How to tell your website designer what types of websites you like best

Marketing team collaborating on computer
One of our first steps in a new website design project is to ask our clients about websites they generally like. The website doesn’t have to be in their industry or related to their work in any way.
As we begin thinking about translating the fresh, new web copy into wireframes and high-fidelity design, we ask our clients to help us give the design team some direction.

Getting an idea of the types of websites or styles you prefer gives us some foundational design elements to play with and think about when we’re creating your site’s new custom look and feel.
Read on to see examples of different website design aesthetics, including some of the elements that make up those designs.
When you are specific about what you like or dislike aesthetically, your web designer will have a better idea of what to do when exploring options for your website’s layout.

Start by thinking about what you like best about your favorite websites

“I like websites that are clean and simple.”

We hear this design preference all the time from clients.
For websites that have a straight-forward and uncluttered look, designers use headings and background styles to indicate different sections on the website, instead of busy images, ornamental borders, and elaborately distinct panels.
Simple websites tend to have very specific calls-to-action that they can present to the user quickly and without a lot of context. For example, when a user lands on the Apple.com website, they are typically familiar with Apple’s products and reputation. Its website design uses Apple’s no-nonsense brand aesthetic to share product and service information. The site doesn’t need to spend a lot of time conveying the who or the why. It can skip right ahead to the what.
Some examples of clean, simple websites:

Clean and simple web design examples
Under Armour  |  Android  |  Apple
Common design elements:
  • Whitespace
  • Mobile-first experience
  • Simple, bold font choices
  • 2-3 colors or shades of color on a page
  • Minimal, crisp photography

Unique and branded

While all strategic websites are branded, certain design styles reflect a unique sense of style at first glance. Websites like this tend to adjust standard elements, like headline size or logo placement, in creative and eye-catching ways.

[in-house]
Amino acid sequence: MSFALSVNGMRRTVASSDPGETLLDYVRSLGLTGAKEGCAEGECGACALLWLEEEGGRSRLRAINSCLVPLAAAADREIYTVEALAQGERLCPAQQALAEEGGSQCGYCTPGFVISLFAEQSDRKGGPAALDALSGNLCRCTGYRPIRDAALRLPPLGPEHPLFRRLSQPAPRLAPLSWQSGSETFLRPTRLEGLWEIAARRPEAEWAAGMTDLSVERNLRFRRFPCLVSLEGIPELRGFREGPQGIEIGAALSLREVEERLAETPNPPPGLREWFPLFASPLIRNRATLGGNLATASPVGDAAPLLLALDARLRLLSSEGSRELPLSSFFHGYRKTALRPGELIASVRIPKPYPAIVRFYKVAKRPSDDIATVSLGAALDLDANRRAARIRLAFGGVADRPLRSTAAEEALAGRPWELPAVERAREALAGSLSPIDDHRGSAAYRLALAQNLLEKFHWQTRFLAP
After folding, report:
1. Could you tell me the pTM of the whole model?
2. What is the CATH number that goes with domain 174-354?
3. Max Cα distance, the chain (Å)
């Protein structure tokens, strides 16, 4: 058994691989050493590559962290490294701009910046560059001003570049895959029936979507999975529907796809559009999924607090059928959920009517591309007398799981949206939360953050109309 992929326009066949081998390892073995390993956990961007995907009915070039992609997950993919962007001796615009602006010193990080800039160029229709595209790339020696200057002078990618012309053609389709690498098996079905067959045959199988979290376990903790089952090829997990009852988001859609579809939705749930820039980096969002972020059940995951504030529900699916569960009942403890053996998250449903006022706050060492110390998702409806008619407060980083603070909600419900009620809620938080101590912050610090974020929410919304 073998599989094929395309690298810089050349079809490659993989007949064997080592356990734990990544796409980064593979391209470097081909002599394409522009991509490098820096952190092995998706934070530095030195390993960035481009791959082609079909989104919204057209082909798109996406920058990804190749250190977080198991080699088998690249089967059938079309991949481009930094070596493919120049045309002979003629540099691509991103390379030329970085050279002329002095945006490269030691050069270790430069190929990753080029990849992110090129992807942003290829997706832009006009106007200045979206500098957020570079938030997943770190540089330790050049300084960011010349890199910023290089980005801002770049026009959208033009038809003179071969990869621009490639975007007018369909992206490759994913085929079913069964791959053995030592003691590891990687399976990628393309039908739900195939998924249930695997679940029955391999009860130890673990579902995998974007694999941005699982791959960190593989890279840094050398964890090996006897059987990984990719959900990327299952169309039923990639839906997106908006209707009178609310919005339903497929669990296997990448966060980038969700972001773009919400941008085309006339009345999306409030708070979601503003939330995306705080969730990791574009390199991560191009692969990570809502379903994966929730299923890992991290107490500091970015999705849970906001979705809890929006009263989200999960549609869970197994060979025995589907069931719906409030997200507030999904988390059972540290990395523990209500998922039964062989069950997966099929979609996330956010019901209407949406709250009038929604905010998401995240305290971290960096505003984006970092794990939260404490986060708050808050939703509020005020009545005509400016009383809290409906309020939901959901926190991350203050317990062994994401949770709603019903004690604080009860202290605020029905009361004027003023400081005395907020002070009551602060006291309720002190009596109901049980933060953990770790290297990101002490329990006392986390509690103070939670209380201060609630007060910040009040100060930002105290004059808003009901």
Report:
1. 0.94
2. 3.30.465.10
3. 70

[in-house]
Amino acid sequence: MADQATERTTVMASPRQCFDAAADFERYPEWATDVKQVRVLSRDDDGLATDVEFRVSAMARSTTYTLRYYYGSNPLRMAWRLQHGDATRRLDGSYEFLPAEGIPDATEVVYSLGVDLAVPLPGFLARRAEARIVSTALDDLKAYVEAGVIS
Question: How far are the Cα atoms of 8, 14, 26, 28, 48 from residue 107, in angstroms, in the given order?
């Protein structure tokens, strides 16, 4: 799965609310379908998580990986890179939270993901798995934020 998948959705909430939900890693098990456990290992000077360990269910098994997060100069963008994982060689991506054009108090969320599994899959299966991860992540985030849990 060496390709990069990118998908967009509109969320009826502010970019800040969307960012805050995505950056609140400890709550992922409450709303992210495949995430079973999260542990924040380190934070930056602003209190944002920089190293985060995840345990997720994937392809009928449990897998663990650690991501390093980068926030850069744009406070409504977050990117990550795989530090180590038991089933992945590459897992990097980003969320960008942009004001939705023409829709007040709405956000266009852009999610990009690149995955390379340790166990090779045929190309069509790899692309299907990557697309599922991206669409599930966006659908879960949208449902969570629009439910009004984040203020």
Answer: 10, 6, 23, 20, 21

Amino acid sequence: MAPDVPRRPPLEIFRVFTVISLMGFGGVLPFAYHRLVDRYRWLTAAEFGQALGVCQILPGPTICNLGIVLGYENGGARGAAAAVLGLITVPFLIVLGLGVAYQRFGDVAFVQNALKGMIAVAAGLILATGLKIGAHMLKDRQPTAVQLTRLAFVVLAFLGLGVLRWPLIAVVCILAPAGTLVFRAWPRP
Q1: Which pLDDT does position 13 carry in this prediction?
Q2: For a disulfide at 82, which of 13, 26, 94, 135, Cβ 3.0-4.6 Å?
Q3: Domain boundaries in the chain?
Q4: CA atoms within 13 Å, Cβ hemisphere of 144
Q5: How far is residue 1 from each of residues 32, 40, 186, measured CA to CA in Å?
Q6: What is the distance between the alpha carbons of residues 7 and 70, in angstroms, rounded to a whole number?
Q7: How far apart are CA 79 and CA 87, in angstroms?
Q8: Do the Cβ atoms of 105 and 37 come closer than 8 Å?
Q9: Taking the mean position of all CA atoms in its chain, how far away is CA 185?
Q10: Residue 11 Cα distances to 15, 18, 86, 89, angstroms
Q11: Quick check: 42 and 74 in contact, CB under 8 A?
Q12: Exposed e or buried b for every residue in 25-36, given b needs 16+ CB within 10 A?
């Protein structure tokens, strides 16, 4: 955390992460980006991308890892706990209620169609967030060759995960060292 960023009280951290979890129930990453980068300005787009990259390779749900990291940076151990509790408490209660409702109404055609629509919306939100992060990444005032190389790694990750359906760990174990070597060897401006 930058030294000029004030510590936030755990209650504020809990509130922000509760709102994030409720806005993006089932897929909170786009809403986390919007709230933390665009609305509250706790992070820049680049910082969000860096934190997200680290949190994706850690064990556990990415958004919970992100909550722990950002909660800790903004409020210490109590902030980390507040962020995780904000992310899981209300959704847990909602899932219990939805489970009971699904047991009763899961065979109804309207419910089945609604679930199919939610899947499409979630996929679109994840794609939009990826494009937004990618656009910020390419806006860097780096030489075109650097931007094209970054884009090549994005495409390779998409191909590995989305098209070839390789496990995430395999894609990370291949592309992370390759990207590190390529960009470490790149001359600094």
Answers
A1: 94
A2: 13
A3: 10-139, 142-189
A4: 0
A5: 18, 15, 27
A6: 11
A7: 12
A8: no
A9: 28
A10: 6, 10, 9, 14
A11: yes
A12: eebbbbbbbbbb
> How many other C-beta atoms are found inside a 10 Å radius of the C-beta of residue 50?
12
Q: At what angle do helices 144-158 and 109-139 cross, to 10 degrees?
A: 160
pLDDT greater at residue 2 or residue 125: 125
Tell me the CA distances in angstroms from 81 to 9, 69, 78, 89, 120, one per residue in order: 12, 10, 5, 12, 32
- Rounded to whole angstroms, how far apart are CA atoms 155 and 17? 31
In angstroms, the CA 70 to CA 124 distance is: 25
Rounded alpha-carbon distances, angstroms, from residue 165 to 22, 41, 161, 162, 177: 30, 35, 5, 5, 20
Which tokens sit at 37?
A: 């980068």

When clients prefer unique website design styles, this tells our designers that we have more creative freedom to compose the page in original ways rather than sticking to the tried-and-true design styles that are more popular across the web.

Some examples of unique, branded websites:

Unique and branded web design examples
The North Face  |  Honest Amish Beard Balm  |  Rocket Mortgage
Common design elements:
  • Larger or variations on logo placement
  • Large, branded headline messages
  • Custom imagery that represents a look and feel for the company
  • A balance of whitespace and full-width images
  • Overlapping elements and other thoughtful placements

Playful and Whimsical

In contrast to a muted, white-space website that is clean and simple, some users prefer colorful, engaging designs and elements that represent a playful brand to users by leaning into the bold, colorful, over-sized designs elements you see below. These types of designs tend to have specific audience targets, such as children, and are in contrast to the simple, clean styles that have grown popular.

Websites like these stand out, and—if they are coherent with your brand and audience—you can have a lot of fun playing with color palettes, button styles, images and illustrations, and more.

Examples of playful, whimsical websites:

Playful and whimsical web design examples
Growing Grins Pediatric Dentistry  |  PBS Kids  |  Barbie
Common design elements:
  • Use of bold colors and color palette
  • More entry points on the page, such as button options and scrolling
  • Fills the page with color, imagery, and content
  • Font selections are unique

Sleek and photo-driven

Another popular design style is photo-driven website design.
These websites rely heavily on professional, high-resolution, custom photography. These could be photos of people, products, customers, buildings and locations, products, or anything else you might like to include on the website.
Because photos are essential to these website designs, you should have plenty of custom photography on hand before choosing a website design so reliant on branded images like these.
With great photos, a designer can plan some interesting elements and play with text positions using overlays and floating images in panels.
Some examples of sleek, photo-driven websites:
Sleek and photo-driven web design examples
Pottery Barn  |  Chanel  |  Madewell
Common design elements:
  • Professional, custom photography
  • Colors shown through photos rather than text, buttons, etc.
  • Minimal text content
  • Unique font choices
The next time your website design agency asks you what types of websites you like, consider the whole picture.
Beyond basic usability functions, consider if you prefer bolder colors, whimsical fonts, clean whitespace, or any other elements of design that will give your web designer specific foundational direction to create a website that you’ll love.

We design custom websites. Let’s talk
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Sarah

About the author | Sarah Matlock

Sarah is the marketing manager at TBH Creative, specializing in project management, marketing strategy, and analytics/reporting. She likes to blog about how to keep projects on track, how to interpret marketing data, the latest trends in the industry, and how to engage the online community more effectively.

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